Abstract MP58: Type 2 Diabetes Prediction with 17-, 40-, and 62-variant Genotype Risk Scores: The Framingham Offspring Study
Background A recent genome-wide association study (GWAS) meta-analysis for type 2 diabetes (T2D) increased by 50% the number of common T2D-associated single-nucleotide polymorphisms (SNPs). We hypothesized that a genotype risk score (GRS) consisting of more SNPs improves T2D prediction achieved by published 17-SNP and 40-SNP scores.
Methods We used data from four 8-year periods of the Framingham Offspring Study to test the association between effect-weighted 17-SNP, 40-SNP, and 62-SNP GRSs and incident T2D, defined by medication use and fasting glucose criteria. We used pooled logistic regression models with generalized estimating equations adjusted for 1) age and sex and 2) age, sex, parental T2D, BMI, systolic blood pressure, fasting glucose, HDL cholesterol, and triglyceride levels. Model improvement by the addition of each GRS was assessed with C statistics, integrated discrimination improvement (IDI) indices, and net reclassification improvement (NRI) indices with category thresholds at 2% and 8% cumulative incidence.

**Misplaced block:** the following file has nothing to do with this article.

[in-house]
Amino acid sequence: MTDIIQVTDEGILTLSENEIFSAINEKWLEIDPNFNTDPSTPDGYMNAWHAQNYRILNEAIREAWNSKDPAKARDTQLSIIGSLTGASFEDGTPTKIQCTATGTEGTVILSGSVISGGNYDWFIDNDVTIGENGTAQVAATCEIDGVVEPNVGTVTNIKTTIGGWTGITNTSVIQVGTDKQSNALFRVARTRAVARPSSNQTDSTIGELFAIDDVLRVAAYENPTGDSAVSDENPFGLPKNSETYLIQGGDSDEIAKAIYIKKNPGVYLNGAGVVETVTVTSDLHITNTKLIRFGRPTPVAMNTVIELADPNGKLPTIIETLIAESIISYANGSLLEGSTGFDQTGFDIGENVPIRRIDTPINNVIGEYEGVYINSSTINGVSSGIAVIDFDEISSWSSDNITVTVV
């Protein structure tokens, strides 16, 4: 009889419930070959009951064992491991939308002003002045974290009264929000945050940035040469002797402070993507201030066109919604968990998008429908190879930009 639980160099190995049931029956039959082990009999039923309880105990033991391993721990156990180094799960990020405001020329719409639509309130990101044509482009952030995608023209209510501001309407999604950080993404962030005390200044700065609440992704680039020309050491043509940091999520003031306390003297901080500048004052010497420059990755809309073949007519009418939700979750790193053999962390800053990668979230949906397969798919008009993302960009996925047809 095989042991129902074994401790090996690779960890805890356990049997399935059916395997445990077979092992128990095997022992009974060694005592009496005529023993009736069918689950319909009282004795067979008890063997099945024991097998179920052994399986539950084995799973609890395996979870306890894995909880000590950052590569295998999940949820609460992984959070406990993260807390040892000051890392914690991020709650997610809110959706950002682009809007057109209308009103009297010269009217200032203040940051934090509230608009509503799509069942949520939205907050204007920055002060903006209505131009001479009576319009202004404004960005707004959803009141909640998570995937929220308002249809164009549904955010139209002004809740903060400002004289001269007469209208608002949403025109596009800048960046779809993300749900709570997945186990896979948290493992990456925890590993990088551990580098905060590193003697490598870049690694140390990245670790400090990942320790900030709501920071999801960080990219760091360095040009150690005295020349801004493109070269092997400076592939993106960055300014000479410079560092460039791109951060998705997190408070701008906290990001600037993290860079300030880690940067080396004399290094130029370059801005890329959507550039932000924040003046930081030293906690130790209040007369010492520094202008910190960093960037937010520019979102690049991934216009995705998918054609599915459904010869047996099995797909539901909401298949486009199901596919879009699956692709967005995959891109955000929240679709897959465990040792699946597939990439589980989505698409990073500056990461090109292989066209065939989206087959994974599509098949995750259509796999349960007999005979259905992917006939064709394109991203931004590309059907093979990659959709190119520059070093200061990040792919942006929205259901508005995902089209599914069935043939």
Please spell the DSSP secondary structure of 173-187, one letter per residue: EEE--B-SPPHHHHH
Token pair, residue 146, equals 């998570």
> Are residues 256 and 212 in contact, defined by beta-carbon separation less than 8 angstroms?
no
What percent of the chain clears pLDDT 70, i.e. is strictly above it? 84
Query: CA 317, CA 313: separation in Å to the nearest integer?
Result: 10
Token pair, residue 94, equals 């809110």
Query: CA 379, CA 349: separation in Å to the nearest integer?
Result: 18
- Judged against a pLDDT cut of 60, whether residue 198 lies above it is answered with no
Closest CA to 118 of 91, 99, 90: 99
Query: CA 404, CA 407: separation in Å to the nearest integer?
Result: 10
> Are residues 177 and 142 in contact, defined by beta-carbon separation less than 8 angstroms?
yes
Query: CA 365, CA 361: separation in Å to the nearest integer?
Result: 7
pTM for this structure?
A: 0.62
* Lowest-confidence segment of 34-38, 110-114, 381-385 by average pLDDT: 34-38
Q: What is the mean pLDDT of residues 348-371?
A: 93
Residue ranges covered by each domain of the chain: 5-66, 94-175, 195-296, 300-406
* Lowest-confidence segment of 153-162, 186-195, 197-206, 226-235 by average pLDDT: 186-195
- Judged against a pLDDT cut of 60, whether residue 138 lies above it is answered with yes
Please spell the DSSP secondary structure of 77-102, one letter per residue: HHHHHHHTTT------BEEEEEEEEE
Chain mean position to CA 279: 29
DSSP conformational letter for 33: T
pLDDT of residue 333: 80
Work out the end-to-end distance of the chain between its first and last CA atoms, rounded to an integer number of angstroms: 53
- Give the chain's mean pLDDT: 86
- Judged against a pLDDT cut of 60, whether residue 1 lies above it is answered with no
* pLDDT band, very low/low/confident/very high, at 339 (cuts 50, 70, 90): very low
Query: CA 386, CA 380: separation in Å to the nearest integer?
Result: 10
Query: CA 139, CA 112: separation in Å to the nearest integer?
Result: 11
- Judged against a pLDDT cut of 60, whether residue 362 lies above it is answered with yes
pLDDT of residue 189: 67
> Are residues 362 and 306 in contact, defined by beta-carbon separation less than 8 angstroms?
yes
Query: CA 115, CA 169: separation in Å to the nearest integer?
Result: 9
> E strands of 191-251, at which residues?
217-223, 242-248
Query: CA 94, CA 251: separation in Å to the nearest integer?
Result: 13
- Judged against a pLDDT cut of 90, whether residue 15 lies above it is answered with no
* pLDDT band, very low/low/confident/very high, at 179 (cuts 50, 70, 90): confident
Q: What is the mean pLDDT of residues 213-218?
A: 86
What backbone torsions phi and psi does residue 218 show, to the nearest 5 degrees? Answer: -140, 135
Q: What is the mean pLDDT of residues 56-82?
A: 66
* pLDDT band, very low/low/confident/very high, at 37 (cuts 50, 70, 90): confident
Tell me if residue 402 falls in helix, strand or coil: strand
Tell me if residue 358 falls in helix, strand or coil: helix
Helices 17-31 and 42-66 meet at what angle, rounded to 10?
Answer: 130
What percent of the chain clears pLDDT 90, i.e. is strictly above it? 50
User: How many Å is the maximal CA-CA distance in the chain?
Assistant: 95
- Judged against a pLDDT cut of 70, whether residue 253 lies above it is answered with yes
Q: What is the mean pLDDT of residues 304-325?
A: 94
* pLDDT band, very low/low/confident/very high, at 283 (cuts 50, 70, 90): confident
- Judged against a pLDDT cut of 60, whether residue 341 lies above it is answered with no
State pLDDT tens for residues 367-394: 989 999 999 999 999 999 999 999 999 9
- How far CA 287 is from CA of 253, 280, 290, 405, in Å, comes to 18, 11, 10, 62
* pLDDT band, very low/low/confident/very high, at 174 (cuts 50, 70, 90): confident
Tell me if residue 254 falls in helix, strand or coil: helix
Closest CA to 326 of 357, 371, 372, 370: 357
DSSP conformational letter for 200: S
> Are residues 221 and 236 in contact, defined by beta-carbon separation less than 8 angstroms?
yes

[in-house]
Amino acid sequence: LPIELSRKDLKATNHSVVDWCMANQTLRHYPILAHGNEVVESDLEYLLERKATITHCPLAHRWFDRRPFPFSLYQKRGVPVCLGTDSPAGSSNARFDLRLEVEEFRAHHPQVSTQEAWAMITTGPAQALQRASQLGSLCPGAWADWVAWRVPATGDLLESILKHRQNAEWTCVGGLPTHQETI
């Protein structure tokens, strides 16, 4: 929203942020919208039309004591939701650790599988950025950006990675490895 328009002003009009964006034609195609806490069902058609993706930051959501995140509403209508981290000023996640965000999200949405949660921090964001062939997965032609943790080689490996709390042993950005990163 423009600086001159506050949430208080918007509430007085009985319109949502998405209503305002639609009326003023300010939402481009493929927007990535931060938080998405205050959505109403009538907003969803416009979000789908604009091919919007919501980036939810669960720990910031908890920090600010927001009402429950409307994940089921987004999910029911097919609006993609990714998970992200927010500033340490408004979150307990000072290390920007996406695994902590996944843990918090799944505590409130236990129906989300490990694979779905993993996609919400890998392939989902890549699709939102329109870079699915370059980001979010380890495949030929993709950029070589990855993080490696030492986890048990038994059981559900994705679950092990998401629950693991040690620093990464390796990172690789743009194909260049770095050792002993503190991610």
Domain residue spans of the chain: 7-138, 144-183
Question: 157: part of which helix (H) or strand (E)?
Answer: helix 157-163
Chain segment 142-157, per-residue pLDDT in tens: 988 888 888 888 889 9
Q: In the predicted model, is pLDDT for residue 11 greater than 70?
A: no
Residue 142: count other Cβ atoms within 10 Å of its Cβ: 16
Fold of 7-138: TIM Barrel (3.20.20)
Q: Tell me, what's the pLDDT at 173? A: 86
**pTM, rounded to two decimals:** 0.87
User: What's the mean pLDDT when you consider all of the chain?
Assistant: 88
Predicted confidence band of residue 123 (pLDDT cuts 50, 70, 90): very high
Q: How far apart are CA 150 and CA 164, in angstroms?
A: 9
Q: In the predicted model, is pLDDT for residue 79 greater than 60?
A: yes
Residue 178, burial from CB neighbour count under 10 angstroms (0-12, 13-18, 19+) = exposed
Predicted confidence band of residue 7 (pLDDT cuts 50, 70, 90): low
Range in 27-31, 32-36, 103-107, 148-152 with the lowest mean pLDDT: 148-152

Results Mean baseline age was 46, and 46.5% were men. There were 446 cases of incident T2D among 11,358 person-exams. In all models, the inclusion of a GRS resulted in significant T2D risk reclassification (NRI range 22.3-29.8%, see Table). The inclusion of a greater number of SNPs in the GRS increased the C statistics and relative IDI of the age- and sex-adjusted model, but the 62-SNP GRS did not result in a higher NRI than the 40-SNP GRS (28.6% vs. 29.8%). Similarly, the 62-SNP score did not result in a higher NRI for the fully adjusted clinical model than the 40-SNP score (25.6% vs. 29.0%).
Conclusions A GRS of common susceptibility SNPs from GWAS improves T2D risk reclassification in a prospective study of adults, but incorporating a greater number of SNPs with smaller individual effect sizes may not result in additional reclassification improvement. Further advances in genotype prediction of T2D may require the identification and incorporation of functional risk variants putatively tagged by GWAS SNPs.
- © 2013 by American Heart Association, Inc.